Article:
EVER wondered how many colourful necklaces Prue Leith has in her collection? The answer is 290. How does she run a kitchen? Well, she won’t be taking training tips from Gordon Ramsay anytime soon. How did she beat her nerves during one episode of hosting a Tyne Tees cookery series? With Valium. And how long was that famous Bake Off ‘spoiler’ tweet up on Twitter for? Only 89 seconds.

These were just some of the personal details Prue shared about her life with a intimate audience at Queen’s Hall stage, at a talk chaired by New Writing North’s Claire Malcolm.

There to discuss her latest book, The Lost Son, the final in the trilogy which follows the life of the Anglo/Italian Angelotti family in the restaurant business, it clear how much influence Prue’s own varied, and at times wild, life had had on her fiction.

Adoption is a main theme throughout the trilogy, and a cause of personal interest for Prue, whose own daughter Li-Da Kruger was adopted from Cambodia in childhood.

“Many people think that the moment in which you first hold an adopted child will be less emotional than the moment a parent holds their birth-child, but it really is just as magical,” Prue said.

Prue’s husband John, also an adoptee, was a source of inspiration for The Lost Son – especially for the character of Tom, who goes on a journey to find his birth-parents.

“John also chose to search for his biological mother as an adult, and so I lifted his story lock, stock and barrel. I used all the documents and records he had kept from his years of searching, to understand the process, which was exceptionally long and difficult during any time, but especially in the days prior to the internet.”

On being dubbed a “romance novelist”, Prue said she is “exceptionally proud” to write within the genre, but pointed out the double standards between male and female authors writing about love.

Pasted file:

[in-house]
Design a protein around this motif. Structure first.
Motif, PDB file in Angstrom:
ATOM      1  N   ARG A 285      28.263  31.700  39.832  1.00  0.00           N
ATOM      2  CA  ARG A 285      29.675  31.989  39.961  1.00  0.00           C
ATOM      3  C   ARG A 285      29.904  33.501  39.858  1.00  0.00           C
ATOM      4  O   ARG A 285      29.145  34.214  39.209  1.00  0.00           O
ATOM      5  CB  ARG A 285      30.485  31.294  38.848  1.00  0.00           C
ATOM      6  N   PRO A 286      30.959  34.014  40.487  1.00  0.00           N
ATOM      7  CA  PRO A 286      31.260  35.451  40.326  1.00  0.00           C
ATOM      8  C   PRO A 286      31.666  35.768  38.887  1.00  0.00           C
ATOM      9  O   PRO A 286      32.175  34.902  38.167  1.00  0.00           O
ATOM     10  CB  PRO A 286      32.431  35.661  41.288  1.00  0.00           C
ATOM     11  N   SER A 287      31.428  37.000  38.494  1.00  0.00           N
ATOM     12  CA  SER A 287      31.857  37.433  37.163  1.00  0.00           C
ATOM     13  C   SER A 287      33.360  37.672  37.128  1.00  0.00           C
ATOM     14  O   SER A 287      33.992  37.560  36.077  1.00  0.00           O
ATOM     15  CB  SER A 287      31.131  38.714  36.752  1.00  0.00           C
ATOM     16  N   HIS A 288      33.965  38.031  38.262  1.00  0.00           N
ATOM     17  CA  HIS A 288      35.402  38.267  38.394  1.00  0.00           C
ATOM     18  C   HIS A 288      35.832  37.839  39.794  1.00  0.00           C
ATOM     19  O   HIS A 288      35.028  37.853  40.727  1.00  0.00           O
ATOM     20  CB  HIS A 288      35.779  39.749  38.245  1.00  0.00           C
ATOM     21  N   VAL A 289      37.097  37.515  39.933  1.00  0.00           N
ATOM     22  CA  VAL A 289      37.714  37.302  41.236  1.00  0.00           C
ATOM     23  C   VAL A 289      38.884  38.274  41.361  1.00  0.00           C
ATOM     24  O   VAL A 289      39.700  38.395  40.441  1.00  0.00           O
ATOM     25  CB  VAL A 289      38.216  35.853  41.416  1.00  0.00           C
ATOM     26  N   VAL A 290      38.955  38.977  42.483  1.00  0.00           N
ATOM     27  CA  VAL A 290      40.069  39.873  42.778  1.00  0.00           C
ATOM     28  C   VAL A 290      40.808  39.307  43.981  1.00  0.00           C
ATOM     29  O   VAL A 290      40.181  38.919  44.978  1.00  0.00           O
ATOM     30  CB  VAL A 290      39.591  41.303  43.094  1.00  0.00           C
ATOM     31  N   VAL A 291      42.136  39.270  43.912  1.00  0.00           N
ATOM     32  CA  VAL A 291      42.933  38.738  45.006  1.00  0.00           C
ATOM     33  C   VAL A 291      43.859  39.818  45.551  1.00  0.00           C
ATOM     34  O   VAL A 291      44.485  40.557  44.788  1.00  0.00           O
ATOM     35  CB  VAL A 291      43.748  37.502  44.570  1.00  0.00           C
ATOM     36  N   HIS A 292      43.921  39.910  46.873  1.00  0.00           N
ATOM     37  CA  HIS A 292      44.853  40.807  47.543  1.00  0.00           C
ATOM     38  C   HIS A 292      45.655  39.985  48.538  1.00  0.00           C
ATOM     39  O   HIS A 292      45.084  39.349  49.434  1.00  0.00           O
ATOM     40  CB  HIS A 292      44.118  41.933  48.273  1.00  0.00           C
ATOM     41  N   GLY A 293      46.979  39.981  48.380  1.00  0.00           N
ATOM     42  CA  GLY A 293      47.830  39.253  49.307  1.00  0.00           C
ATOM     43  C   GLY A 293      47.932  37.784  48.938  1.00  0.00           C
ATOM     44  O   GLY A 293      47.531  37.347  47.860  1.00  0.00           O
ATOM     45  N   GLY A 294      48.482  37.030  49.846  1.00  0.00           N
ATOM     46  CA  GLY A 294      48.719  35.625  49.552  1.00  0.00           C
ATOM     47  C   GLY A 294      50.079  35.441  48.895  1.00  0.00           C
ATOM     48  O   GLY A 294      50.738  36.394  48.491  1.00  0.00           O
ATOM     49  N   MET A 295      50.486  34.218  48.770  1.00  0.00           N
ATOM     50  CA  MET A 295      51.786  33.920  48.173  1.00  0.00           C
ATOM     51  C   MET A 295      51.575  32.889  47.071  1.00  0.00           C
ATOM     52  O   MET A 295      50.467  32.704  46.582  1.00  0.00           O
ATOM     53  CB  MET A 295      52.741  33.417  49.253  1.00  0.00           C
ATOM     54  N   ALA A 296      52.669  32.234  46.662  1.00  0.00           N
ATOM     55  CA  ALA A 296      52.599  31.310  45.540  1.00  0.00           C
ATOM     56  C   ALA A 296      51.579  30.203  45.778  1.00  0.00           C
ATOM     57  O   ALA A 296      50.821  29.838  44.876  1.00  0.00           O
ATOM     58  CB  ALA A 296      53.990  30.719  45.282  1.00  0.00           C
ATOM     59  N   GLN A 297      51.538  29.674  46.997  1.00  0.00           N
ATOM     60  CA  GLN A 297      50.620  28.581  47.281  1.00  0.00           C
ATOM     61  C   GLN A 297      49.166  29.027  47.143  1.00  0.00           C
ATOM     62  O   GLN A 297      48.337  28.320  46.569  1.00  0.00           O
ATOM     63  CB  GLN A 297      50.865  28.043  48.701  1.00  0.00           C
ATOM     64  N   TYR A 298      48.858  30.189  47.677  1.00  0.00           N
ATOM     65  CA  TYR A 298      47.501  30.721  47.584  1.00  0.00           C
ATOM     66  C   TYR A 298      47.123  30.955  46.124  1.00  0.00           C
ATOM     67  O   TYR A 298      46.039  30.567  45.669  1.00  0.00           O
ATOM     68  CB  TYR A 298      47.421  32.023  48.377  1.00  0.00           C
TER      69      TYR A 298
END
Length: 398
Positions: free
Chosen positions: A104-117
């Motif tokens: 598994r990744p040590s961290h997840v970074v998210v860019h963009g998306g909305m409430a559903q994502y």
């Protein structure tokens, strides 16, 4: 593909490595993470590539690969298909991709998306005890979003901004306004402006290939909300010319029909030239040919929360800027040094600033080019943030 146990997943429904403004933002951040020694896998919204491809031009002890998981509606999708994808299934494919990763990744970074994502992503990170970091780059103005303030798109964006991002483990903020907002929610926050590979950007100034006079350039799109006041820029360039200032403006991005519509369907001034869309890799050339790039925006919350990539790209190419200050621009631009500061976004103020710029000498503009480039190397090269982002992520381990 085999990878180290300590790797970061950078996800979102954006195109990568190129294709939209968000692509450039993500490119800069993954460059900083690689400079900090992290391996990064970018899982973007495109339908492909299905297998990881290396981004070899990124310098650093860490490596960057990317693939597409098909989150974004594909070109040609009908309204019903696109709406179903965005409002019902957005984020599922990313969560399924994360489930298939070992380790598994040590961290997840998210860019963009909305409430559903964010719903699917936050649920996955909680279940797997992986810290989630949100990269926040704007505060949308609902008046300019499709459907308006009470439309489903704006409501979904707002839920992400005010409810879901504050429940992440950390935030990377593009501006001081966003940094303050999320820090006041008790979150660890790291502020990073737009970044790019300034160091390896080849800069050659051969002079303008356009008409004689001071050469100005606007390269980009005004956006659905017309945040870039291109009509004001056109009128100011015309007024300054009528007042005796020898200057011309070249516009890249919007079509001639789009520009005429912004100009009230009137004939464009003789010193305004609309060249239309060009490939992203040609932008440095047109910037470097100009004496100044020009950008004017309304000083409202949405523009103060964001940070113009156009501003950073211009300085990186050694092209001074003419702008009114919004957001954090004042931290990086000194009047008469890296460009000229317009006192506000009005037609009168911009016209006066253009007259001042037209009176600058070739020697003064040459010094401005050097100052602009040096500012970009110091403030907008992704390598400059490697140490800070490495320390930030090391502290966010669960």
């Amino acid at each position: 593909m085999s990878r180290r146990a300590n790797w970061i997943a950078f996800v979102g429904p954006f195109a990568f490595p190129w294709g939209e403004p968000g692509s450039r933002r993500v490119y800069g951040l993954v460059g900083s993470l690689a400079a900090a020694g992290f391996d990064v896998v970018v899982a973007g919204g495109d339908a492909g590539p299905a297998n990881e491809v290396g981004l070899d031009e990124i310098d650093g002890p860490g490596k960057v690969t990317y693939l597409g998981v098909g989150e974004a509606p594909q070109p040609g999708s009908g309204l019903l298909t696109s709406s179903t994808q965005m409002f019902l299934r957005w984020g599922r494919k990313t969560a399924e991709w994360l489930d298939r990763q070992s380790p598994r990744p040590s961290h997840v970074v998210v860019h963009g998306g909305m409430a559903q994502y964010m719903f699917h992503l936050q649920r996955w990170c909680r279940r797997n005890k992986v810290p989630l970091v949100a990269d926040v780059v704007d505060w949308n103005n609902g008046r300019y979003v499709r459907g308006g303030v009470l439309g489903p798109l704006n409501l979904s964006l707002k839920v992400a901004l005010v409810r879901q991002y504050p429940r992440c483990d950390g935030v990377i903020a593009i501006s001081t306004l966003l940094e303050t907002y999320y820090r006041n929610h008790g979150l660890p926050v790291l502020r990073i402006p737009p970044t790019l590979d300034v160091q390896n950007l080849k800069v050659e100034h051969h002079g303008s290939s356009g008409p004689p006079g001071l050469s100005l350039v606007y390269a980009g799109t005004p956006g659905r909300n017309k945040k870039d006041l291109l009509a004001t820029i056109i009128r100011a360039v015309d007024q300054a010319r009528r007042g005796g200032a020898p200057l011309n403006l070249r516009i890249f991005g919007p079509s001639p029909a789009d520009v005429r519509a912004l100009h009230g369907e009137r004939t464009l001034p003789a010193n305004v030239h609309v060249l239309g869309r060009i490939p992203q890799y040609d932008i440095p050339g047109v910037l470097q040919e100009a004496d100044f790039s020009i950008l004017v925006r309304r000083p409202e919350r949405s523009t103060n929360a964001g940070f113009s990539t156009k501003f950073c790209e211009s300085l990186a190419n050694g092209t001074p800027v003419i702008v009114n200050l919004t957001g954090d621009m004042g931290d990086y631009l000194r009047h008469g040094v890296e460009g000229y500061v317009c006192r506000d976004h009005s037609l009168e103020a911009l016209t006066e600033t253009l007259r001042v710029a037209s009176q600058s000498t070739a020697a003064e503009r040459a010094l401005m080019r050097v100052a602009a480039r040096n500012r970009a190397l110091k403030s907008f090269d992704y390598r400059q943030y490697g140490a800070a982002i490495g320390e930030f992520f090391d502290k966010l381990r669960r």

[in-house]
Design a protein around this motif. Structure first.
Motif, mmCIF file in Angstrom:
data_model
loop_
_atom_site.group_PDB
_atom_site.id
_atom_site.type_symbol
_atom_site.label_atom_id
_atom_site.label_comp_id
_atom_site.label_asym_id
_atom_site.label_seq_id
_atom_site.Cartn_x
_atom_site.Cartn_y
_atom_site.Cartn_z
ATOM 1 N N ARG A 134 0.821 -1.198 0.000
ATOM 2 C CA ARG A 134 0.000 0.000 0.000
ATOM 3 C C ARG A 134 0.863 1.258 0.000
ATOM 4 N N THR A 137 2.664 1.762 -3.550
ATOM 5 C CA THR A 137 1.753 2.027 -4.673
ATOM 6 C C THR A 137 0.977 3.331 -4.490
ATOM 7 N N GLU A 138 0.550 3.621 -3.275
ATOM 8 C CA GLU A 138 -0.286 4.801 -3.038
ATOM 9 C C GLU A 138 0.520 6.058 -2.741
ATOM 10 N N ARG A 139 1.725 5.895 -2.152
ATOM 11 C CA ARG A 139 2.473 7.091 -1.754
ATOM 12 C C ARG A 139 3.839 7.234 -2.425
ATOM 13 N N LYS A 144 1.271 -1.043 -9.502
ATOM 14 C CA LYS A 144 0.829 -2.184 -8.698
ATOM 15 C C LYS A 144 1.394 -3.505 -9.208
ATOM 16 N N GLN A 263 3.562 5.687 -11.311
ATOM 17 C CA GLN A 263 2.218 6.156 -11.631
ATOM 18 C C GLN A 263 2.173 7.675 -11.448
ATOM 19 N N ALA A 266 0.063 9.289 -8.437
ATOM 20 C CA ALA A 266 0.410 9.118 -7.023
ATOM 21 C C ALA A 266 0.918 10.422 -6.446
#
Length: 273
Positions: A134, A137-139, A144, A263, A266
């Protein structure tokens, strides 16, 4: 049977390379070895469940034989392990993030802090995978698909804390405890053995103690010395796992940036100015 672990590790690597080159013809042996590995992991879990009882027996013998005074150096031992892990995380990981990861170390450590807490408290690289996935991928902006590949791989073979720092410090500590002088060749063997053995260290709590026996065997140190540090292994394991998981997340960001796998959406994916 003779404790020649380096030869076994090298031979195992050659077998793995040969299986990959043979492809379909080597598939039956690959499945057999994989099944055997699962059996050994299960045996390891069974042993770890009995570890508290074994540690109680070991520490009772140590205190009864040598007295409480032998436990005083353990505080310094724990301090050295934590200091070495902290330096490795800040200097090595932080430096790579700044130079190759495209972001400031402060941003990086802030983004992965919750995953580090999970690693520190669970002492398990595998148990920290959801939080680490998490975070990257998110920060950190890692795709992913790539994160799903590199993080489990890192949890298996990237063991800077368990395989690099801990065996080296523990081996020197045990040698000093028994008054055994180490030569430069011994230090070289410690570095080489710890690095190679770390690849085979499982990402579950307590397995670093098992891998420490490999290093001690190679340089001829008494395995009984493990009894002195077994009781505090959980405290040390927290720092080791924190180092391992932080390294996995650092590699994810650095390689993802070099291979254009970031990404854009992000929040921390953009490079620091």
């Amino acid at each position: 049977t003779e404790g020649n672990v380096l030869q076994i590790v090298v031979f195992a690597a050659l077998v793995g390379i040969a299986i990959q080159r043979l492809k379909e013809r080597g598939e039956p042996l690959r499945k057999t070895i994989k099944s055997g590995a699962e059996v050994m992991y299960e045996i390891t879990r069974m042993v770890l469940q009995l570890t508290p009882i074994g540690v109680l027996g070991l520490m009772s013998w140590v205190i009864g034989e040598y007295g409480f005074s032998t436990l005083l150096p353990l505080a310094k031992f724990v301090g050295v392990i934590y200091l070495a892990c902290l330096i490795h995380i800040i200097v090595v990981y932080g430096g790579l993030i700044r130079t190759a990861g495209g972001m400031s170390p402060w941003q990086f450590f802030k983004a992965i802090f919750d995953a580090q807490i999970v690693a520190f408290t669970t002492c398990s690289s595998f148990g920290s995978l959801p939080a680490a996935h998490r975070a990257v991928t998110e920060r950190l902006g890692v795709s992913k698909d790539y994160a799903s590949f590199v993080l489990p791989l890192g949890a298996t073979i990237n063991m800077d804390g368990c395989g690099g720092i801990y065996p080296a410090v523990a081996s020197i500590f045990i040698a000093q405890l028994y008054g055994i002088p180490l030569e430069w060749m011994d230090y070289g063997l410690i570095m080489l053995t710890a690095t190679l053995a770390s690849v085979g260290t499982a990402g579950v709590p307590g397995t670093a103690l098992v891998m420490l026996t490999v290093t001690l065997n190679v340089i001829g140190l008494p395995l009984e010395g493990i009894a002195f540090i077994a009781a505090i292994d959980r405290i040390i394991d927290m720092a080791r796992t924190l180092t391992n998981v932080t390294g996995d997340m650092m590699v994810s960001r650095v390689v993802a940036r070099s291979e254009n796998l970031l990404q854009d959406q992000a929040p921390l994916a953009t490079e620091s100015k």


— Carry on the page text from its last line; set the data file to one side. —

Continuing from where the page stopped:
“When a woman writes about love or relationships, it falls into the romance category, which usually means it ends on bottom of the shelves or in the basement of bookshops, because there is a stigma around the word romance.

“But when male novelists such as Ian McEwan or Sebastian Faulks write a love story, its never put on the romance shelf, and it’ll instead be marketed as a social novel.”

Of course, when addressing the woman who has made colossal waves in the food industry since the 1960s, food had to be central to much of the conversation.

From her successful catering business, Leith’s Good Food, and later her Michelin starred restaurant in Notting Hill, Prue reflected to the audience on the changes she’d seen over the years, most of which she felt had been for the better.

“One great change is that it is no longer cool to be horrible to kitchen apprentices,” she said. “I’ve never believed in the Gordon Ramsay school of management and all this macho business in the kitchen. No one can learn if they are frightened, it just sends us into panic mode, which leaves us incapable of taking anything in.”

Long before The Great British Bake Off , Prue’s first regular TV gig was on a Tyne Tees daytime cookery show, when she stepped in as last minute replacement for Jack de Manio.

But with nothing but half a day’s training on TV presenting, Prue described herself as “overwhelmed and frightened” throughout the experience, and as a result hated her time on the show.

That was until a kind co-worker gave her something medicinal to settle her nerves.

“I didn’t know what it was at the time, but it turned out to be a Valium,” Prue chuckled. “Well I had a ball! In that moment, all my fear went out the window, and I thought television was the most wonderful thing on earth.”

On joining the Bake Off team, Prue said the warm atmosphere and on-screen friendships really were the real deal.

“We all genuinely get along with each other, and want the best for the bakers,” she said. “We have 17,000 applicants last year for the show, so its shown no sign of interest slowing down.”